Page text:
1. The Jews were looking for the Messiah to be a geo-political and military deliverer. The idea of a rejected and suffering Christ was unexpected. He will not triumph over the Roman occupiers. He will be rejected by his own people. They will betray and kill the Christ of God. Such a prediction must have smashed to pieces the disciples’ expectations for Jesus and themselves. And they were likely not encouraged by the cryptic saying, “and on the third day be raised” which they didn’t understand.

2. What are the many things that the Son of Man will suffer? He will be an atoning and saving sacrifice for God’s people. He will face opposition from people and from the spiritual forces of Satan, culminating in his arrest for political sedition and blasphemy. As an innocent man, he will be railroaded in several corrupt court trials and finally put to death by crucifixion. Yet all coming to pass according to the good purpose and plan of God, so that he might accomplish salvation by defeating death in his bodily resurrection. Note that Jesus must suffer these things. They are a theological necessity, hence his Heavenly Father answers “no” to Jesus’ prayer to permit the cup of God’s wrath to pass from him if it be his Father’s will (Lk 22:42).

B. For Disciples: there is a high price to pay in following Jesus (v. 23)

1. A Hard Saying: true disciples must practice the art of self-crucifixion.  Often Christians soften this hard saying by interpreting our heavy burdens as the cross we bear. “My husband is a real piece of work, but I married him, and I guess this is my cross to bear.” “My mother is so overbearing, but I’ve got to grin and bear it—my cross that is.” “My job is so boring and unfulfilling, but hey, everyone has a cross to bear.” “My car keeps breaking down, so this must be my cross to bear.” You can fill in the blank. “I’m sick, I’m lonely, I’m afraid, I’m angry, I’m tired, I’m upset, and I’m still waiting for relief God! Oh well, this must be my cross to bear!”

This is not what Jesus means by dying to self. Jesus wants disciples to take all of these complaints common to the fallen human condition, some legitimate and others not so much, and compare them to the cross. Compare them to crucifixion. Compare them to Jesus, undeserving of suffering, yet willingly and lovingly embracing the cross of shame for the sake of loving God and neighbor. Jesus even wants us to compare crucifixion to the good things of this life, the things that identify us, the things that brings us happiness and fulfillment, that he may call us to give up to serve him (Phil 3:7-11). That is the Bible’s picture of death to self. That is the image disciples need to meditate on as our calling as followers of Christ.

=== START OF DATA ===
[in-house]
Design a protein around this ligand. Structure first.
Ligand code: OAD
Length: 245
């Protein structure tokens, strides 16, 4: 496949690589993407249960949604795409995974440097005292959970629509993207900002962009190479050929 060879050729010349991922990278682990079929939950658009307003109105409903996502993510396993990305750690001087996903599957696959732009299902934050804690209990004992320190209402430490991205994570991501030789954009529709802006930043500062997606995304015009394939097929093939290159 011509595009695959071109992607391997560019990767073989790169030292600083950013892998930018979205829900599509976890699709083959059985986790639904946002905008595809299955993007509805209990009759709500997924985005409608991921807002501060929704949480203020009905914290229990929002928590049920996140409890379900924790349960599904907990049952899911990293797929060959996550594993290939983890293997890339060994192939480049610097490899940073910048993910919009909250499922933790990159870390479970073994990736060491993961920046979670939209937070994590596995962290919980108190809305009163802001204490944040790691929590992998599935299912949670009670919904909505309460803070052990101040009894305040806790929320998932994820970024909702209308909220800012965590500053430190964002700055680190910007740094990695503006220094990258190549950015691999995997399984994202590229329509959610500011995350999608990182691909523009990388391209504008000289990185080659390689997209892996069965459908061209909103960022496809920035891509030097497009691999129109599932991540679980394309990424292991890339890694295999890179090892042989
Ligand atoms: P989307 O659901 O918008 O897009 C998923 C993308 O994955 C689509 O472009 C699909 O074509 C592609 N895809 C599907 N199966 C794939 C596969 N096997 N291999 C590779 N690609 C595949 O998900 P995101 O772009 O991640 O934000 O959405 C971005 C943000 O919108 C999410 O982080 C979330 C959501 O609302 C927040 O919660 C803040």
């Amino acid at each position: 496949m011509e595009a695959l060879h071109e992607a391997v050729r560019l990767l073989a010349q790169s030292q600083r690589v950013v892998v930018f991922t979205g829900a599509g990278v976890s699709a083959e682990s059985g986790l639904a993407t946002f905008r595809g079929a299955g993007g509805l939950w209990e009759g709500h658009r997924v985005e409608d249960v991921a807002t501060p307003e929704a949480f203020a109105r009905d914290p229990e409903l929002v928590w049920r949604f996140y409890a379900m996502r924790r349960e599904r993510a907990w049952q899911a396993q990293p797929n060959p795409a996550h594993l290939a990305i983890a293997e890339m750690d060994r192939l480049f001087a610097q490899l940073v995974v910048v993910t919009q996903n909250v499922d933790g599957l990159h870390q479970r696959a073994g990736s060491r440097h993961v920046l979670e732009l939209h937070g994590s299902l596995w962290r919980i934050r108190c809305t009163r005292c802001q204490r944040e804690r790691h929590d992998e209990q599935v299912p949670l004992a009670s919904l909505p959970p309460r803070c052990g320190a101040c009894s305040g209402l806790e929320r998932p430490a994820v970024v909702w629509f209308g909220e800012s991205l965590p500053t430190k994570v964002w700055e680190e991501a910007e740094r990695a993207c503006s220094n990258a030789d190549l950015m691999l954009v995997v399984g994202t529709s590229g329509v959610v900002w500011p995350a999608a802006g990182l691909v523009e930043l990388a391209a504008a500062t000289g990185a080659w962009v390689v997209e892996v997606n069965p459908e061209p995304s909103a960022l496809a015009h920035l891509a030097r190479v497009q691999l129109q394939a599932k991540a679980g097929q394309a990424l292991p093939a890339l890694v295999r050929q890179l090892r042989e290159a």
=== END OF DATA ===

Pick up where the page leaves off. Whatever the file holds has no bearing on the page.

This is the very first principle of Christian discipleship.  How many pretenders, people who are attracted to Jesus’ benefits but not interested in following him into a hard life, would sneak out the back door of the church membership class if the first thing they heard about Jesus was that to find life, you must die to self? How many would opt out immediately if called to renounce selfish ambition, to die to an entire way of life?

2. What does it mean to “deny” oneself? To gladly trade control and authority over your own life for the lordship of Christ. This is a much more radical requirement than to deny things we prefer (asceticism). Jesus commands his disciples to deny not only certain things, but their very selves. Later Jesus described this self-denial as “hating one’s own life” (Lk 14:26). Jesus requires those who would follow him to reject their former life based on self-interest and self-fulfillment, and choose instead a life of willing, sacrificial obedience of Christ.

3. What does it mean to “take up your cross daily”? To completely deny yourself and pursue Jesus on the via dolorosa (way of suffering). It literally means to carry your own cross to the place where others will crucify you! Believers must faithfully endure “Christian” trials—those hardships we could (more or less) avoid/escape if we stopped following Jesus (Acts 14:22). We ought to daily crucify our self. It is an absolute necessity. Jesus commands it. We must not reason ourselves out of cross-bearing, as if we could practice self-denial for a time, then carry our cross for a season, then finally set it down to follow Jesus. No. Cross-bearing is not a rite of passage. It is a new way of life.